Crime and Violence

Mexico ranks 133rd out of 162 countries on Global Peace Index

Screenshot 2013-12-14 17.26.2312/14/13 — The Institute for Economics and Peace (IEP) released its annual Global Peace Index (GPI), a report ranking countries’ level of peace worldwide in which it found that Mexico ranks 133 of 162 countries profiled for 2013. In the Western Hemisphere, only Colombia (147) ranks worse than Mexico, although Honduras (123) and Venezuela (128), among a number of other Central American countries, scored just slightly better. Meanwhile the United States ranks 99, while Canada sits in the top 10 most peaceful countries at number 8. Since IEP began publishing the GPI, Mexico has steadily fallen from its place in 2008 (88), though it fared barely better this year than it did in 2012 (134).

The index ranks a country’s level of peace based on 22 qualitative and quantitative factors, with a score of 1 being the most peaceful and 5 being the least. Grouping the major variables, the GPI found that Mexico had an average militarization score of 2.0 out of 5, society and security of 3.7, and domestic and international conflict of 2.6, compared to its 2008 averages of 1.9, 3.3, and 1.6, respectively. The individual factors that scored the worst were homicides, violent crime, and deaths from internal conflict; those scoring the best possible were weapons imports and exports, armed services personnel, displaced people, neighboring country relations, conflicts fought, and deaths from external conflict. Overall, the IEP finds that the level of peace in Mexico has decreased by 27.5% since 2003.

Source: Institute for Economics and Peace.
Source: Institute for Economics and Peace.

The IEP also released for the first time the Mexico Peace Index (MPI), which is the third publication in its series of country-specific indices, joining the United States and United Kingdom. The MPI includes a 96-page write up on the findings that breaks down Mexico’s trends in level of peace by state from 2003 – 2012. Among the states, Campeche is currently ranked as the most peaceful, followed by Querétaro, Hidalgo, Yucatán, and Baja California Sur; meanwhile Morelos is considered the least peaceful state, followed by Guerrero, Sinaloa, Chihuahua, and Quintana Roo. Oaxaca and Chiapas have seen the biggest improvement in their levels of peace from 2003 to 2012, moving up 23 places and 18 places, respectively, during those ten years. Meanwhile, the MPI finds that the Northern border region is the least peaceful, while the Eastern region is the most. Out of 32 Mexican states, the Border States rank from most peaceful to least peaceful with Sonora sitting at 16 out of 32; Tamaulipas, 19; Coahuila, 22; Nuevo León, 26; Baja California, 27; and Chihuahua, 29. When comparing each state’s ranking by category, the report states, “there is a strong relationship between lack of peacefulness and high homicide, weapons crime, and violent crime rates. Moreover,” it continues, “the least peaceful states have high levels of justice system inefficiency, which represents the percentage of homicides that go unpunished.”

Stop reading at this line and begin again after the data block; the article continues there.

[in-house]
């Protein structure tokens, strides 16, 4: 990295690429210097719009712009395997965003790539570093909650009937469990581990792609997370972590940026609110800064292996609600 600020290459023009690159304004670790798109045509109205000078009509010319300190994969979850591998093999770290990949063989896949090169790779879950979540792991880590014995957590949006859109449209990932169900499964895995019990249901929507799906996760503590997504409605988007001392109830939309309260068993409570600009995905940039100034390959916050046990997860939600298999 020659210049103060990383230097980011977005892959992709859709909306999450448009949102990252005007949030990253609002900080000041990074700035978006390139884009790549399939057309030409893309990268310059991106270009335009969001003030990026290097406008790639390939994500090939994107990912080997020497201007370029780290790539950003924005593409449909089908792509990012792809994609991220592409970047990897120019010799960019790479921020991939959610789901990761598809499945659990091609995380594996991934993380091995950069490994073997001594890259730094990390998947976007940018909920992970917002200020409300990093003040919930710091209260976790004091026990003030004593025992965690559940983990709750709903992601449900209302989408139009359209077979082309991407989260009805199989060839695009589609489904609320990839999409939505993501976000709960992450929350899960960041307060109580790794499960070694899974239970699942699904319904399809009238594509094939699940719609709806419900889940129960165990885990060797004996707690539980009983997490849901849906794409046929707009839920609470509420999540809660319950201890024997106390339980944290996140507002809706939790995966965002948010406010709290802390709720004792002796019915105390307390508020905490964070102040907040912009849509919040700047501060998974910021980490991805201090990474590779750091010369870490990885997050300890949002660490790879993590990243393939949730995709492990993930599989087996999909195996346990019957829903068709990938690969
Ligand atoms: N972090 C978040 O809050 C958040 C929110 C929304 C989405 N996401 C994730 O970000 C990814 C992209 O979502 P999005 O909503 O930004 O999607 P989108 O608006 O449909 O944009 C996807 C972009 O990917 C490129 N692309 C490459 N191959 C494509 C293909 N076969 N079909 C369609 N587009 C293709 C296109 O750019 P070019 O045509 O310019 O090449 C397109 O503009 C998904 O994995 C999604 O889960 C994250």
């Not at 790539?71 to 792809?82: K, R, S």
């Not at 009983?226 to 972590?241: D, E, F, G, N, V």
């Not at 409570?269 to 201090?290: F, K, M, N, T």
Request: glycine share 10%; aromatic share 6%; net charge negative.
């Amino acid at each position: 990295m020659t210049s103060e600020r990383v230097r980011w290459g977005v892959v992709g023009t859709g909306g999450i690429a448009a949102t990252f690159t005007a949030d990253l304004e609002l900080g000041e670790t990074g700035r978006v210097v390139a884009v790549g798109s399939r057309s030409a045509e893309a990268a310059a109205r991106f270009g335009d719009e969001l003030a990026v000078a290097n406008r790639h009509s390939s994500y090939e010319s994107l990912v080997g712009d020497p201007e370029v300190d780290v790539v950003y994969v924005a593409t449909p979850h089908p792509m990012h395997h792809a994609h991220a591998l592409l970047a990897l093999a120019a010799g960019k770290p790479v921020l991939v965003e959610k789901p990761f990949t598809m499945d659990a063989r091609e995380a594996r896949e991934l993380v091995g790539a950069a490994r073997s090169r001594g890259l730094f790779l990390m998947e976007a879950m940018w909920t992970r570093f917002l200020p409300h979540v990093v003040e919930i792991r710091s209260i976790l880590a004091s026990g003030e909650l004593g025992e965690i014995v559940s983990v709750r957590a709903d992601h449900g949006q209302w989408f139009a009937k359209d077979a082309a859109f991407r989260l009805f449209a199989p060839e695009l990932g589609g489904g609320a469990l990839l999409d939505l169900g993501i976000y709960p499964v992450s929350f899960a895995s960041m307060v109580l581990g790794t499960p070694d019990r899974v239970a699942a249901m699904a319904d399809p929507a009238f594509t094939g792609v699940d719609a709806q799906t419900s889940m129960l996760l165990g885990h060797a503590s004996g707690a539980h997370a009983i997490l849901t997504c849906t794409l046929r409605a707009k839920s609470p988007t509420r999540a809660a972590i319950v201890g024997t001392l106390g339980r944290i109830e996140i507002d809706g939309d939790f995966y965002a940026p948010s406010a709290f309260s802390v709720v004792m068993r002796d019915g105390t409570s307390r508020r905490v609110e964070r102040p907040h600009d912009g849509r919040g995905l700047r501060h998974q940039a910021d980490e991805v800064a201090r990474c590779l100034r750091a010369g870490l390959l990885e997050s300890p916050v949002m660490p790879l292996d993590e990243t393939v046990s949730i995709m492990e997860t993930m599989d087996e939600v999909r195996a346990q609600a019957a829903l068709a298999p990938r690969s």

Among other focus areas, the MPI also looks at the strain that violence—a factor significantly affecting Mexico’s peacefulness—places on the Mexican economy. The report finds that the economic impact of violence costs nearly $4.4 trillion pesos ($334 billion USD), which it calculates in three ways: “the expenditure borne by governments to maintain law and order through the police, justice, and the prison system, as well as dealing with the direct consequences of violence;” “the lost productivity from crime;” and “the job creation effects that come from the stimulus related to improving the first and second categories.” The MPI points out that the cost of violence is equivalent to a staggering 27.7% of the Mexican economy.

Despite Mexico’s low ranking on the Global Peace Index and some of the poor scores around the states, the Mexico Peace Index highlights the potential Mexico has for notable improvements in its level of peace. Pointing to Mexico’s strengths in government effectiveness (according to the World Bank), a growing economy and middle class, and above average levels of human capital, the MPI finds the “country is unique in that its peace score is well below its institutional capacity, which suggests that it should be experiencing much higher levels of peace.” The report acknowledges that Mexico faces serious hurdles to overcome to improve its levels of peace, specifically high rates of violence and organized crime, judicial weaknesses, weapons trafficking, and rampant corruption, among others. But it nevertheless sees the potential Mexico could have moving forward if these problem areas are effectively addressed. “Mexico has the highest potential to improve its peace of any country in the world when its positive peace measures are compared to its actual levels of violence.”

Justice in Mexico’s David Shirk and Octavio Rodriguez contributed to the MPI with the article “Understanding Mexico’s Criminal Violence” in which they argue that Mexico’s security situation has taken an enormous toll on society. They also underscore the need to continue to monitor and measure Mexico’s progress toward its potential as a peaceful and prosperous nation.


Vision of Humanity. “Global Peace Index.” Institute for Economics and Peace. Last accessed December 13, 2013. 

Vision of Humanity. “Mexico Peace Index.” Institute for Economics and Peace. Last accessed December 13, 2013. 

Vision of Humanity. “Mexico Peace Index: 2013.” Institute for Economics and Peace. Last accessed December 13, 2013. 

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